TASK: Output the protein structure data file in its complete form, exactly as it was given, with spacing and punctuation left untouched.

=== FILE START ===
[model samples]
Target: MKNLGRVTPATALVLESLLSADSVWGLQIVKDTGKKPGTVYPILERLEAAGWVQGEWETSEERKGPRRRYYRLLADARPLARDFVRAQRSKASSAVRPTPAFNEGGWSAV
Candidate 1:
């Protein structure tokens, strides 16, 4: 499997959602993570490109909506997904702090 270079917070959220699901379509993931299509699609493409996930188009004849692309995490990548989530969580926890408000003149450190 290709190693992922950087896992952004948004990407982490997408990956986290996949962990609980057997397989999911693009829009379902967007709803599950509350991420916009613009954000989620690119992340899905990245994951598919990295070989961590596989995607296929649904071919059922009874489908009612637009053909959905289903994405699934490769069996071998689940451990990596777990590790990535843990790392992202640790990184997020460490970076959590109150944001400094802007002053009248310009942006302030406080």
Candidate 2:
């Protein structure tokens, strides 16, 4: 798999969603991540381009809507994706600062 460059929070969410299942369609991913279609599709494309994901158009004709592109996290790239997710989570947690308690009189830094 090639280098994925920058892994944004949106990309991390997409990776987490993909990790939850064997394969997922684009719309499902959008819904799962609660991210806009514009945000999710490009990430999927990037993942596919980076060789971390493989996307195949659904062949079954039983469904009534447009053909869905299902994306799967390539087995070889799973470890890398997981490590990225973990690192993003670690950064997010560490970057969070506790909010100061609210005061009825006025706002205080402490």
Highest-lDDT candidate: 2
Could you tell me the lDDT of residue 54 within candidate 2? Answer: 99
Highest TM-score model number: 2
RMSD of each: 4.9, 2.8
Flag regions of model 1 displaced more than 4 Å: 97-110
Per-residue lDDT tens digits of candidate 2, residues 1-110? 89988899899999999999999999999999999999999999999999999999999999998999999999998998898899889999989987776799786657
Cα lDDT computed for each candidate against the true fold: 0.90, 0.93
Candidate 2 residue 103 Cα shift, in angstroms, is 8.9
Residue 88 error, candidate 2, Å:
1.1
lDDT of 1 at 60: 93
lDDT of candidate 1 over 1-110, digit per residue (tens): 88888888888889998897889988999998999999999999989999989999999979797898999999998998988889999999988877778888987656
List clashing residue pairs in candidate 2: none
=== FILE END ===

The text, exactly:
[model samples]
Target: MKNLGRVTPATALVLESLLSADSVWGLQIVKDTGKKPGTVYPILERLEAAGWVQGEWETSEERKGPRRRYYRLLADARPLARDFVRAQRSKASSAVRPTPAFNEGGWSAV
Candidate 1:
């Protein structure tokens, strides 16, 4: 499997959602993570490109909506997904702090 270079917070959220699901379509993931299509699609493409996930188009004849692309995490990548989530969580926890408000003149450190 290709190693992922950087896992952004948004990407982490997408990956986290996949962990609980057997397989999911693009829009379902967007709803599950509350991420916009613009954000989620690119992340899905990245994951598919990295070989961590596989995607296929649904071919059922009874489908009612637009053909959905289903994405699934490769069996071998689940451990990596777990590790990535843990790392992202640790990184997020460490970076959590109150944001400094802007002053009248310009942006302030406080």
Candidate 2:
């Protein structure tokens, strides 16, 4: 798999969603991540381009809507994706600062 460059929070969410299942369609991913279609599709494309994901158009004709592109996290790239997710989570947690308690009189830094 090639280098994925920058892994944004949106990309991390997409990776987490993909990790939850064997394969997922684009719309499902959008819904799962609660991210806009514009945000999710490009990430999927990037993942596919980076060789971390493989996307195949659904062949079954039983469904009534447009053909869905299902994306799967390539087995070889799973470890890398997981490590990225973990690192993003670690950064997010560490970057969070506790909010100061609210005061009825006025706002205080402490």
Highest-lDDT candidate: 2
Could you tell me the lDDT of residue 54 within candidate 2? Answer: 99
Highest TM-score model number: 2
RMSD of each: 4.9, 2.8
Flag regions of model 1 displaced more than 4 Å: 97-110
Per-residue lDDT tens digits of candidate 2, residues 1-110? 89988899899999999999999999999999999999999999999999999999999999998999999999998998898899889999989987776799786657
Cα lDDT computed for each candidate against the true fold: 0.90, 0.93
Candidate 2 residue 103 Cα shift, in angstroms, is 8.9
Residue 88 error, candidate 2, Å:
1.1
lDDT of 1 at 60: 93
lDDT of candidate 1 over 1-110, digit per residue (tens): 88888888888889998897889988999998999999999999989999989999999979797898999999998998988889999999988877778888987656
List clashing residue pairs in candidate 2: none